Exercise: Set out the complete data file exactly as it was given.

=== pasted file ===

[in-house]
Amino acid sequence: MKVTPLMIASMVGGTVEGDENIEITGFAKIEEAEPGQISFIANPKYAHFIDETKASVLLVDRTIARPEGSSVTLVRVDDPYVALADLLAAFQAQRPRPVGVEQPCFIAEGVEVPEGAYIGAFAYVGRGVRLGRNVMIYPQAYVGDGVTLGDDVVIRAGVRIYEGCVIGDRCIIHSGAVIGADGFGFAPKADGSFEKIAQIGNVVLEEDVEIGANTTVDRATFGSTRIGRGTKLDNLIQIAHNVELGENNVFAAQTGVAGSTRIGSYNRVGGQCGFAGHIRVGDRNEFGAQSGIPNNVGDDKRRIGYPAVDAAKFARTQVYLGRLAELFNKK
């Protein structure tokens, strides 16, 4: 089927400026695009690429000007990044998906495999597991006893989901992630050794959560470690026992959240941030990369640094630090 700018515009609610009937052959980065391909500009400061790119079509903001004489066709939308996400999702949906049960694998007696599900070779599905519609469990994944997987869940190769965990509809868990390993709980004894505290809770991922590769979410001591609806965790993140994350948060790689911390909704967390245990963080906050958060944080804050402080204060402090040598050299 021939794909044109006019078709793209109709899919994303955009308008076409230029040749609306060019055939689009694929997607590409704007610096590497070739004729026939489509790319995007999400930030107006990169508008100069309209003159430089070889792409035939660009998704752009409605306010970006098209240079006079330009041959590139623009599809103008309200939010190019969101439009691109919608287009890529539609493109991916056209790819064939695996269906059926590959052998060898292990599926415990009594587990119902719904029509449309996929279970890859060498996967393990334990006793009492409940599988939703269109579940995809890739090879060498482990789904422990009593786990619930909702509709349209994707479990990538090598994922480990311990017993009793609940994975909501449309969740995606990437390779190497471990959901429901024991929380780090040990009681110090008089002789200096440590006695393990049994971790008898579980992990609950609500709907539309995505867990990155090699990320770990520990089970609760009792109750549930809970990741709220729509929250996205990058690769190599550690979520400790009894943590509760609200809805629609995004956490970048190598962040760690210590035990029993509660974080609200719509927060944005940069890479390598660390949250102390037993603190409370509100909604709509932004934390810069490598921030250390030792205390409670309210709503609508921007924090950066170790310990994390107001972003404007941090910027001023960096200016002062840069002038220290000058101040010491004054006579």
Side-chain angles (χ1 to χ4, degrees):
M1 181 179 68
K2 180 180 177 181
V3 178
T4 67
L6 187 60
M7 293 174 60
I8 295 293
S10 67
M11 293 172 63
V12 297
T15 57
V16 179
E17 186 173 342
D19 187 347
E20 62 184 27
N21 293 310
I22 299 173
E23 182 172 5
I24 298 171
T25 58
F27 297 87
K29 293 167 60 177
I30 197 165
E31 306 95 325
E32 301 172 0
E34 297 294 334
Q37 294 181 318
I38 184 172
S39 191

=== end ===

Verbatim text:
[in-house]
Amino acid sequence: MKVTPLMIASMVGGTVEGDENIEITGFAKIEEAEPGQISFIANPKYAHFIDETKASVLLVDRTIARPEGSSVTLVRVDDPYVALADLLAAFQAQRPRPVGVEQPCFIAEGVEVPEGAYIGAFAYVGRGVRLGRNVMIYPQAYVGDGVTLGDDVVIRAGVRIYEGCVIGDRCIIHSGAVIGADGFGFAPKADGSFEKIAQIGNVVLEEDVEIGANTTVDRATFGSTRIGRGTKLDNLIQIAHNVELGENNVFAAQTGVAGSTRIGSYNRVGGQCGFAGHIRVGDRNEFGAQSGIPNNVGDDKRRIGYPAVDAAKFARTQVYLGRLAELFNKK
């Protein structure tokens, strides 16, 4: 089927400026695009690429000007990044998906495999597991006893989901992630050794959560470690026992959240941030990369640094630090 700018515009609610009937052959980065391909500009400061790119079509903001004489066709939308996400999702949906049960694998007696599900070779599905519609469990994944997987869940190769965990509809868990390993709980004894505290809770991922590769979410001591609806965790993140994350948060790689911390909704967390245990963080906050958060944080804050402080204060402090040598050299 021939794909044109006019078709793209109709899919994303955009308008076409230029040749609306060019055939689009694929997607590409704007610096590497070739004729026939489509790319995007999400930030107006990169508008100069309209003159430089070889792409035939660009998704752009409605306010970006098209240079006079330009041959590139623009599809103008309200939010190019969101439009691109919608287009890529539609493109991916056209790819064939695996269906059926590959052998060898292990599926415990009594587990119902719904029509449309996929279970890859060498996967393990334990006793009492409940599988939703269109579940995809890739090879060498482990789904422990009593786990619930909702509709349209994707479990990538090598994922480990311990017993009793609940994975909501449309969740995606990437390779190497471990959901429901024991929380780090040990009681110090008089002789200096440590006695393990049994971790008898579980992990609950609500709907539309995505867990990155090699990320770990520990089970609760009792109750549930809970990741709220729509929250996205990058690769190599550690979520400790009894943590509760609200809805629609995004956490970048190598962040760690210590035990029993509660974080609200719509927060944005940069890479390598660390949250102390037993603190409370509100909604709509932004934390810069490598921030250390030792205390409670309210709503609508921007924090950066170790310990994390107001972003404007941090910027001023960096200016002062840069002038220290000058101040010491004054006579």
Side-chain angles (χ1 to χ4, degrees):
M1 181 179 68
K2 180 180 177 181
V3 178
T4 67
L6 187 60
M7 293 174 60
I8 295 293
S10 67
M11 293 172 63
V12 297
T15 57
V16 179
E17 186 173 342
D19 187 347
E20 62 184 27
N21 293 310
I22 299 173
E23 182 172 5
I24 298 171
T25 58
F27 297 87
K29 293 167 60 177
I30 197 165
E31 306 95 325
E32 301 172 0
E34 297 294 334
Q37 294 181 318
I38 184 172
S39 191